With less than a month to go before the broadcast networks announce their fall schedules, fewer shows than usual have reason to worry.
ABC, CBS, Fox, NBC and the CW have already renewed a total of 26 series, ranging from old favorites ("The Simpsons," "Two and a Half Men") to newcomers ("Modern Family," "The Vampire Diaries").
Other shows got the bad news early and officially. ABC even pulled the plug on "Ugly Betty" in time for a series finale.
But a lot of shows still remain "on the bubble" — a term, drawn from a carpenter's level, meaning that the network decision could go either way.
While casts and producers sweat out the wait and viewers launch "save our show" campaigns, the people with the power are playing a big game of schedule Scrabble.
This time of year, network programmers are looking at pilots they've ordered and considering their options. What spots on the schedule are open and which shows should get them? Should a long-running series with OK ratings but increasing production costs be sacrificed in favor of a new entry, cheaper but risky? How do current shows that might have disappointing ratings but established audiences measure up against potential newcomers that might break out as hits?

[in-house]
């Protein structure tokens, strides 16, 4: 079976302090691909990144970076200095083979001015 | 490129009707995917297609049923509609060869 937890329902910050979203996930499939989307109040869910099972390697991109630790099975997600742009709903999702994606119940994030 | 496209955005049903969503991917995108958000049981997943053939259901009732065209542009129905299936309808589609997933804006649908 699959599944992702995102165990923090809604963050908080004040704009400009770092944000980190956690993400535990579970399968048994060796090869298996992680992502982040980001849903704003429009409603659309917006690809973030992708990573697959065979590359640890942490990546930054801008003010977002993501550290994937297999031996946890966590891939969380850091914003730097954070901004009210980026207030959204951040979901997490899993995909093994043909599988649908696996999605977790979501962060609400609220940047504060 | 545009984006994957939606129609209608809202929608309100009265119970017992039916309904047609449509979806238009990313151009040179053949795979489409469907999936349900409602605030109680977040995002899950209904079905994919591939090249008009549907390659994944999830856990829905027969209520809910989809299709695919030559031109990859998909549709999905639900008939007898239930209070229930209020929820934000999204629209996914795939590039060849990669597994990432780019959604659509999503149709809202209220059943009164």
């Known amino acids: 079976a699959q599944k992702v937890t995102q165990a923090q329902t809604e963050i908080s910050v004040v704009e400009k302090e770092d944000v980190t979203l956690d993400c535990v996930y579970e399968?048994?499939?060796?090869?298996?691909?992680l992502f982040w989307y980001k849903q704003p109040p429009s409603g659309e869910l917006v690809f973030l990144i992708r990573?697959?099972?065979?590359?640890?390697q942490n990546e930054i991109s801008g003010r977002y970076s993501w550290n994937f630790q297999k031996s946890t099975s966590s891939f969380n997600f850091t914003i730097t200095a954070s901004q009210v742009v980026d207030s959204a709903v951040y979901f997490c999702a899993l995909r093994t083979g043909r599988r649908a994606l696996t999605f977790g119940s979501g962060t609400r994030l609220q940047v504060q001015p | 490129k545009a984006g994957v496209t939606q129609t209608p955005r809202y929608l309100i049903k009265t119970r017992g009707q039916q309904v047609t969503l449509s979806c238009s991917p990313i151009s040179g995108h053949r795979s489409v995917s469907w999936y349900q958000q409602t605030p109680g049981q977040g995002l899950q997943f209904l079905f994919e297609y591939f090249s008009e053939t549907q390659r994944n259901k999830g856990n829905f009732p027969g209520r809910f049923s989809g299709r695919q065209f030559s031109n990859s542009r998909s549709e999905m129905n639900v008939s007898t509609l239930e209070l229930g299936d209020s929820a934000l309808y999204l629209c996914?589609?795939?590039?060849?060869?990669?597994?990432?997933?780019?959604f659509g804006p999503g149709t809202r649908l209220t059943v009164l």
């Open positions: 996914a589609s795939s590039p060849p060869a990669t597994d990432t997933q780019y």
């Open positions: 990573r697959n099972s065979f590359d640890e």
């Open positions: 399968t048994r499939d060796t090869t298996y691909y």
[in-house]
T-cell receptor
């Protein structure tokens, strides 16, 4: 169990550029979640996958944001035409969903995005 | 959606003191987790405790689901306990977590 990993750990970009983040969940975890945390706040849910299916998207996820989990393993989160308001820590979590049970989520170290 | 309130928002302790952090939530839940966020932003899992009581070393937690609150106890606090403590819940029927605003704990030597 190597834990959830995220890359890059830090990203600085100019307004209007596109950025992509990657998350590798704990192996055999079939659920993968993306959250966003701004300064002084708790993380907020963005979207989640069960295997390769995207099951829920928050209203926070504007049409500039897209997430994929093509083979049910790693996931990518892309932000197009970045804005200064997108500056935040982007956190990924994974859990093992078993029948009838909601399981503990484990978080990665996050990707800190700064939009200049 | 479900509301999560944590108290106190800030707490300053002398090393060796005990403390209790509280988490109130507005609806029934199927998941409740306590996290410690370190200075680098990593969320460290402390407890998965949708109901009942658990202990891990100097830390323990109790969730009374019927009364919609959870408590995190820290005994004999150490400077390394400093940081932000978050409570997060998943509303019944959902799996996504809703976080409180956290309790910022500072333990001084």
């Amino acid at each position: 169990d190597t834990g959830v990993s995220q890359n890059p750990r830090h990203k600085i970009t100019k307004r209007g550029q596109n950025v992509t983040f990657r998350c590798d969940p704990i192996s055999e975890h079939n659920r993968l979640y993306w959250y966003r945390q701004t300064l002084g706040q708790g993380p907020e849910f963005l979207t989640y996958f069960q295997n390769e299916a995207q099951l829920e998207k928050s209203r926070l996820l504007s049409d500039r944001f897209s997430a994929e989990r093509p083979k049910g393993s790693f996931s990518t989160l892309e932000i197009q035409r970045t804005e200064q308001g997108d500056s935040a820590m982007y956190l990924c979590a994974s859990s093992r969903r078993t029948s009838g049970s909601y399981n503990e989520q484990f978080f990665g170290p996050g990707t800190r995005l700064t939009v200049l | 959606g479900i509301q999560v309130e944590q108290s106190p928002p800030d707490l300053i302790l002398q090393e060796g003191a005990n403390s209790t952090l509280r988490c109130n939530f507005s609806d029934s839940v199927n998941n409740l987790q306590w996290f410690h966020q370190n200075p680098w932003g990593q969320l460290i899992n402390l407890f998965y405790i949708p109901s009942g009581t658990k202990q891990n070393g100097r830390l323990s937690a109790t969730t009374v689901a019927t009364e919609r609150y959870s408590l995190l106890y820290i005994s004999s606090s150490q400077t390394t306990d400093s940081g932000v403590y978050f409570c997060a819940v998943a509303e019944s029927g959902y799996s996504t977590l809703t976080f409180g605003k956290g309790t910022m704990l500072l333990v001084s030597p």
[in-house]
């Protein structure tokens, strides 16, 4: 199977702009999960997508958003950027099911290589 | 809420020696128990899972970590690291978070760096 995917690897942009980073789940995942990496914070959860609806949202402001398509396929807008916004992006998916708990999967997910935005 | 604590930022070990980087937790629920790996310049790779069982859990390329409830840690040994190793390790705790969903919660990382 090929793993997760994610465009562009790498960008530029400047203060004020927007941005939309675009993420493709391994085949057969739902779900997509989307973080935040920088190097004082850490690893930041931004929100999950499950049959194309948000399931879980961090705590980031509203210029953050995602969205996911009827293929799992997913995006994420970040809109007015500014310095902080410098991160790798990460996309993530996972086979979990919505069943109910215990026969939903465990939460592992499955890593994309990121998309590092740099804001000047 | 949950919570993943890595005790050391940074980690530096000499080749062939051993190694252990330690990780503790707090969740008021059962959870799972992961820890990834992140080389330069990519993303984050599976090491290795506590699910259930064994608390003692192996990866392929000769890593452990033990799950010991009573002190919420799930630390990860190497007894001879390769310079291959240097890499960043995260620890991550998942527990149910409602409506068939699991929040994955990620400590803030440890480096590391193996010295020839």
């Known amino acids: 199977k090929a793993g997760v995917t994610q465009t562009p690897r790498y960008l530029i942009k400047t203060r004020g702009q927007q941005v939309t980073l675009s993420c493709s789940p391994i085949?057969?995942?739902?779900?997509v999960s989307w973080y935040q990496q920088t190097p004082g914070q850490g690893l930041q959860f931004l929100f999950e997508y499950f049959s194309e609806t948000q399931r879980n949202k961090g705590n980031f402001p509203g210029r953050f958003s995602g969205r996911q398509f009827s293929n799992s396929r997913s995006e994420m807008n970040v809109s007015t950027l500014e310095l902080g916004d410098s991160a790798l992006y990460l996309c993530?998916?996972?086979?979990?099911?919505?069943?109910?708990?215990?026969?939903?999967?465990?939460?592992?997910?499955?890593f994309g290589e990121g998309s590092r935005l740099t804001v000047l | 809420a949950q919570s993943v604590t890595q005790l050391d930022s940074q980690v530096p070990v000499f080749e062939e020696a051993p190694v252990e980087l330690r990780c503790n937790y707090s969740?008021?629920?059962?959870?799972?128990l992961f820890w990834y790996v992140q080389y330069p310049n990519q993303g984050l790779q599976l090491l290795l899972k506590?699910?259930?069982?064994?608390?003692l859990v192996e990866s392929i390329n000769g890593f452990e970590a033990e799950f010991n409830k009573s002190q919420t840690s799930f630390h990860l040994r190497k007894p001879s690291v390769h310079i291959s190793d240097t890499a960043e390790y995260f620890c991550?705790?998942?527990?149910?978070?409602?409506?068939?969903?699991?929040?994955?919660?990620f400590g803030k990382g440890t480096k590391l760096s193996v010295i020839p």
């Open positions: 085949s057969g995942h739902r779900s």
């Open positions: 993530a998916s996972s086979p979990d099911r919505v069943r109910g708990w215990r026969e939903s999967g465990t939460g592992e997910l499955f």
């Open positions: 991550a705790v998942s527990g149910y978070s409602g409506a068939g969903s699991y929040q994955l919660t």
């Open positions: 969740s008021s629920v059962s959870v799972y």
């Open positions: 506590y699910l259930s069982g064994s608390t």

NBC and Fox announce their fall schedules on May 17, followed by ABC May 18, CBS May 19 and the CW May 20.
* NBC has the biggest needs for next fall, after turning 9 p.m. weeknights over to the now-canceled "Jay Leno Show" this season. This could be good news for current NBC shows such as "Parenthood." But NBC also developed more new shows than any other network, which should give its schedulers the most options.
* CBS, on the other hand, has such a strong and stable lineup that average ratings might not be enough to save a show such as "Numb3rs," widely expected to be canceled. CBS may also feel confident enough to cut loose a show such as the increasingly expensive "Cold Case."
* ABC scored big with comedies this season and had a hit with the lighthearted procedural "Castle." This could make the network less eager to bring back such ambitious but dark shows as "FlashForward" and "V."
* Fox can't seem to create a successful live-action sitcom and finally gave up on Joss Whedon's "Dollhouse." Will the network's future look more like wry "Lie to Me" or comic-bookish "Human Target" — or neither?
* The CW's one big question mark is the one show that feels like a legacy from the old WB days: "Life Unexpected." The sweet drama reached a turning point recently in an episode that fans hope won't be the series finale.
And any look at "on the bubble" shows can't omit NBC's "Chuck." Last season, fans' passion and Subway's sandwiches saved the low-rated spy dramedy.
This spring, "Chuck" is in danger again, and its fate will depend on what else NBC likes and how much audience loyalty turns out to count. In other words, the decision on "Chuck" could go either way.